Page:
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Enforcement and Removal
07/24/2008

ICE deports convicted Croatian terrorist who led 1976 hijacking

Hijacked a plane; planted a bomb in New York's Grand Central Station that killed a police officer

Busic mug shot
Busic and ICE officials
Busic and ICE officials

CHICAGO - A 62-year-old convicted Croatian terrorist, who hijacked a plane in 1976 and also planted a bomb in Grand Central Terminal that killed a New York City police officer, was deported yesterday by U.S. Immigration and Customs Enforcement (ICE).

Zvonko Busic led a group that hijacked TWA flight 355 as it departed New York City's LaGuardia Airport en route to Chicago on Sept. 10, 1976.

Busic was paroled July 22 from federal prison in Terre Haute, Ind., after serving more than 31 years of a life sentence. He was immediately turned over to ICE and held in custody until his deportation to Zagreb, Croatia, under escort by three ICE officers.

"This individual committed heinous acts of terrorism against the United States, and in doing so, has lost all rights to remain in the country," said Julie L. Myers, Department of Homeland Security Assistant Secretary for ICE. "ICE works tirelessly to keep our communities and our country more secure with every dangerous criminal we deport."

In 1976, Busic and four others hijacked TWA flight 355 with 85 passengers and seven crew members on board, claiming to have five bombs aboard the aircraft. Although there were no bombs on the plane, the group had planted a live bomb in a locker at Grand Central Terminal in New York City. Busic and his co-conspirators hijacked the plane and planted the bomb to draw international attention to Croatia's fight for independence from communist Yugoslavia.

Busic led the group and delivered a note to the plane's captain that stated the flight was being hijacked, and that the group possessed five bombs. The note also stated that there was a bomb placed in a locker in Grand Central Terminal in midtown Manhattan. The hijackers instructed the pilot to fly to Europe so that leaflets demanding Croatian independence could be dropped over major European cities.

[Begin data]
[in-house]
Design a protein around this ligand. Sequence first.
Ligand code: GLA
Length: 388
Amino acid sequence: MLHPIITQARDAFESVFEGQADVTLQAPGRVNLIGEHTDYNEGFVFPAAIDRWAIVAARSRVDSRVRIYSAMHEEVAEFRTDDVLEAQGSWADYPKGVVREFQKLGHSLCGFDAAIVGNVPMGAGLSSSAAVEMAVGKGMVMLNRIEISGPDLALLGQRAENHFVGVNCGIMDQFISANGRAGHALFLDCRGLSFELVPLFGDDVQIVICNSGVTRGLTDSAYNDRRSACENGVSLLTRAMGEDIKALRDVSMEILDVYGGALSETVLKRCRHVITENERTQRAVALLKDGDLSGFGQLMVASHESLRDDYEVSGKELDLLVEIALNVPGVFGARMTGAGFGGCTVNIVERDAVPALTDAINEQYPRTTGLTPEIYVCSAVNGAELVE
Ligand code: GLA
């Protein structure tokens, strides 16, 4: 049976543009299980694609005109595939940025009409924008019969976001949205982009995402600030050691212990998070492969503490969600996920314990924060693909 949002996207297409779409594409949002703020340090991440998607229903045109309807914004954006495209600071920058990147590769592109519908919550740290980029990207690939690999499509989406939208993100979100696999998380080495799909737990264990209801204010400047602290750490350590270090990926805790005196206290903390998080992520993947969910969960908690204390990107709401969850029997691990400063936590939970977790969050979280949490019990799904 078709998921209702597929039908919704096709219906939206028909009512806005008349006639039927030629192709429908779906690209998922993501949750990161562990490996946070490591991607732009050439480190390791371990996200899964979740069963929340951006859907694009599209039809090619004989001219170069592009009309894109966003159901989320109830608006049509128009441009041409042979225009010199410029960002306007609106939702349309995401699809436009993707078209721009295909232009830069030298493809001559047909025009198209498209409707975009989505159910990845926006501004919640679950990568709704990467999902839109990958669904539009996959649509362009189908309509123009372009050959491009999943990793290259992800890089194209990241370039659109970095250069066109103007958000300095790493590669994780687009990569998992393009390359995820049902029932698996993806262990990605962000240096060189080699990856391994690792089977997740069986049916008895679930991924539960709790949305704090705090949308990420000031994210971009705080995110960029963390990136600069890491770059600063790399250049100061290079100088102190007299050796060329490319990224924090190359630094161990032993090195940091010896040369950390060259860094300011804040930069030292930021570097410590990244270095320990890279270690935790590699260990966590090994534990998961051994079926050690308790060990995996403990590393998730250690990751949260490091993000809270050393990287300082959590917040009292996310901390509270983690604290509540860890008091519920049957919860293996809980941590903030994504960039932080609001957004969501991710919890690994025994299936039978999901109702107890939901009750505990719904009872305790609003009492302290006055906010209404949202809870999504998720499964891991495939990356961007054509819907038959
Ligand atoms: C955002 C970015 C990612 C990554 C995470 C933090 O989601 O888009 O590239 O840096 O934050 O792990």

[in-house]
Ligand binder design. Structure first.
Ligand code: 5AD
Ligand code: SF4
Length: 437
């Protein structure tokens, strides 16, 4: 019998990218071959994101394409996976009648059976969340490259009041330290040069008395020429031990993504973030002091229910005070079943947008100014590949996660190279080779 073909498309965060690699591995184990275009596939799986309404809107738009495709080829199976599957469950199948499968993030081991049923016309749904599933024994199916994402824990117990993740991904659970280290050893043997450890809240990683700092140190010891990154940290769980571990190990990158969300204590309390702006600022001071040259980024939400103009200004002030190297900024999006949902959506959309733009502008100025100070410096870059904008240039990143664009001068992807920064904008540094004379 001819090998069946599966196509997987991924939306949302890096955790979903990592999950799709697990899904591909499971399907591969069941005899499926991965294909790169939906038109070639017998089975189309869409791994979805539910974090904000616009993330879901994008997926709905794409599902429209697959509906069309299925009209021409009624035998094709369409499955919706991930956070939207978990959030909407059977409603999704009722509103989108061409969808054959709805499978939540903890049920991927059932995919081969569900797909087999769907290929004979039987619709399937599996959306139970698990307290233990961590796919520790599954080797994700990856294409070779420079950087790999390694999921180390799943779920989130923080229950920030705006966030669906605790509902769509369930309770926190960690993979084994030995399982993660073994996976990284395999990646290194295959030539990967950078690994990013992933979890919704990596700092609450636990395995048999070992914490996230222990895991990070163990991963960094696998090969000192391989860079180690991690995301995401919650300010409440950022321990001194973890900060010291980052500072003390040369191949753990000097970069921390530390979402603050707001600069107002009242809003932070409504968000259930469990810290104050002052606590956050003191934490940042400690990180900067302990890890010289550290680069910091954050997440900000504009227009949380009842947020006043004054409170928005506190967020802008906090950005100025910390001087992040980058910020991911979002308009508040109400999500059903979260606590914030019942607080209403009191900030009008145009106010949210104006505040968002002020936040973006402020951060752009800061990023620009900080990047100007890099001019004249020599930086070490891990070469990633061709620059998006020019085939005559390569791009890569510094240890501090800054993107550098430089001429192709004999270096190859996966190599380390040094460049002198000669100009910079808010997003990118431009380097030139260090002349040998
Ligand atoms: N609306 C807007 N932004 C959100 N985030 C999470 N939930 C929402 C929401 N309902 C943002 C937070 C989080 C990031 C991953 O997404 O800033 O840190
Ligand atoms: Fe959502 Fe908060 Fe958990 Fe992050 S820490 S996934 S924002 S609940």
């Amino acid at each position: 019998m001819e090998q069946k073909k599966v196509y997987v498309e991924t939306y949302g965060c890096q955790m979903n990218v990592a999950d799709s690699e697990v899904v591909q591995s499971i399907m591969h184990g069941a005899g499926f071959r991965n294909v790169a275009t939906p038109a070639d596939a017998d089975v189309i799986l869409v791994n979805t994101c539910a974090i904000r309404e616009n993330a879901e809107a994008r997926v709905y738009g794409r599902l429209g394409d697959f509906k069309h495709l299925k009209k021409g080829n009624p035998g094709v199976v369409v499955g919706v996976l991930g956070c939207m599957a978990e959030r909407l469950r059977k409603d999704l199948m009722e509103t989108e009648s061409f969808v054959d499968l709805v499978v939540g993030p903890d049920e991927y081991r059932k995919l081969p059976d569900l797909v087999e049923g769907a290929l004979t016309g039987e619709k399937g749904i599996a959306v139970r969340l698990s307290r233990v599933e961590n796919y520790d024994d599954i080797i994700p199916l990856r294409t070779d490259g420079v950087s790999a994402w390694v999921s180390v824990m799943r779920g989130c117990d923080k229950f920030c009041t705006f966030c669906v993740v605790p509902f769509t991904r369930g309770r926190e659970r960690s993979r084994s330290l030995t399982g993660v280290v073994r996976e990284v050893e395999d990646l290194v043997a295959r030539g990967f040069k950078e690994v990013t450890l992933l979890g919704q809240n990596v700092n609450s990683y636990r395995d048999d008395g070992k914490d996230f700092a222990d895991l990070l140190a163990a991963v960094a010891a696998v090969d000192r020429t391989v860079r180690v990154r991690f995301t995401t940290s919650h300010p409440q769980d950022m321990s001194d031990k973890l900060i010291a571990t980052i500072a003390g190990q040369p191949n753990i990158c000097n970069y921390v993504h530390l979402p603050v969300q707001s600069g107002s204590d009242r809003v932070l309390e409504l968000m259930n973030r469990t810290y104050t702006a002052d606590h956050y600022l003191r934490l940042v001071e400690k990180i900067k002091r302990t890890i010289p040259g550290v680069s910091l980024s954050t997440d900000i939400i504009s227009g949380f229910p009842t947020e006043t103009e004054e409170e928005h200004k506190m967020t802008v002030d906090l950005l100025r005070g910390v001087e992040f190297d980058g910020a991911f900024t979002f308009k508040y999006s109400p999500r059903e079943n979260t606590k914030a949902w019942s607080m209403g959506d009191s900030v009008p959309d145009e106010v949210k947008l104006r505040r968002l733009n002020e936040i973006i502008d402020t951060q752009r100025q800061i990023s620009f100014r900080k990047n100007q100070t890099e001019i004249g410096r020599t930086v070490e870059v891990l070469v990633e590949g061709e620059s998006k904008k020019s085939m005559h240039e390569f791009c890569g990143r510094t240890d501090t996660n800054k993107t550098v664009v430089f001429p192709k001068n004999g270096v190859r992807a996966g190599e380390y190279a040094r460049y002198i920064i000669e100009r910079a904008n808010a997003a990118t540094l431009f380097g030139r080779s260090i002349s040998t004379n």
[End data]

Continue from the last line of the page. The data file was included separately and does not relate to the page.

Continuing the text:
The flight was diverted to Montreal for refueling and then to Gandor, Newfoundland, to allow 33 passengers to deplane before the aircraft departed for Europe, where propaganda leaflets were dropped over London and Paris.

During that time, the bomb at Grand Central was located and taken to a safe location for disposal. As authorities attempted to dismantle the bomb, it exploded, killing New York City Police Officer Brian Murray, and seriously injuring three other officers.

Busic, a native of the former Republic of Yugoslavia and a citizen of Croatia, claimed he committed these terrorist acts to draw attention to the communist regime in Yugoslavia. After the demands of the group were met, Busic and his co-conspirators surrendered to French authorities. They were returned to the United States and arrested by the FBI at New York's Kennedy Airport.

Busic was convicted of air piracy resulting in death and conspiracy to commit a crime against the United States in 1977. He received a life sentence with the possibility of parole. In 1987 he briefly escaped from the Federal Correctional Institution at Otisville, N.Y., and was apprehended the next day.

Busic, a U.S. permanent resident, was stripped of his legal immigration status as a result of his criminal convictions. While in prison, Busic was placed into deportation proceedings and on July 31, 2006, a federal immigration judge ordered him removed from the United States after his release from federal prison.